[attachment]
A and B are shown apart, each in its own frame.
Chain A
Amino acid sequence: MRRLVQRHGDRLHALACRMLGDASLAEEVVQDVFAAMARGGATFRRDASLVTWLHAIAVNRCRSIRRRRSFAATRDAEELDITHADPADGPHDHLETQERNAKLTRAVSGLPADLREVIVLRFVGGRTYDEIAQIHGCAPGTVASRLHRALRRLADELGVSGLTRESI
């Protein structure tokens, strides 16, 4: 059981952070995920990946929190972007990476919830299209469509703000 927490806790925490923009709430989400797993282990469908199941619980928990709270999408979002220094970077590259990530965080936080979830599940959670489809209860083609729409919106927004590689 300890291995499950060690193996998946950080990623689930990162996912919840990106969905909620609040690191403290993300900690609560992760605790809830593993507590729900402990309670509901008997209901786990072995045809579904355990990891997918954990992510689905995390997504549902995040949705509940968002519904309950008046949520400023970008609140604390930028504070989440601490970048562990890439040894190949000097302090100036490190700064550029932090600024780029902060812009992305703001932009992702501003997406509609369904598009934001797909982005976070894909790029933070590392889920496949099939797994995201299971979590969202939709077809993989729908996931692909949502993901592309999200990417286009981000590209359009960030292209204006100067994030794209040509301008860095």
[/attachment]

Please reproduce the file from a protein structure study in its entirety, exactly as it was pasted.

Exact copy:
A and B are shown apart, each in its own frame.
Chain A
Amino acid sequence: MRRLVQRHGDRLHALACRMLGDASLAEEVVQDVFAAMARGGATFRRDASLVTWLHAIAVNRCRSIRRRRSFAATRDAEELDITHADPADGPHDHLETQERNAKLTRAVSGLPADLREVIVLRFVGGRTYDEIAQIHGCAPGTVASRLHRALRRLADELGVSGLTRESI
């Protein structure tokens, strides 16, 4: 059981952070995920990946929190972007990476919830299209469509703000 927490806790925490923009709430989400797993282990469908199941619980928990709270999408979002220094970077590259990530965080936080979830599940959670489809209860083609729409919106927004590689 300890291995499950060690193996998946950080990623689930990162996912919840990106969905909620609040690191403290993300900690609560992760605790809830593993507590729900402990309670509901008997209901786990072995045809579904355990990891997918954990992510689905995390997504549902995040949705509940968002519904309950008046949520400023970008609140604390930028504070989440601490970048562990890439040894190949000097302090100036490190700064550029932090600024780029902060812009992305703001932009992702501003997406509609369904598009934001797909982005976070894909790029933070590392889920496949099939797994995201299971979590969202939709077809993989729908996931692909949502993901592309999200990417286009981000590209359009960030292209204006100067994030794209040509301008860095």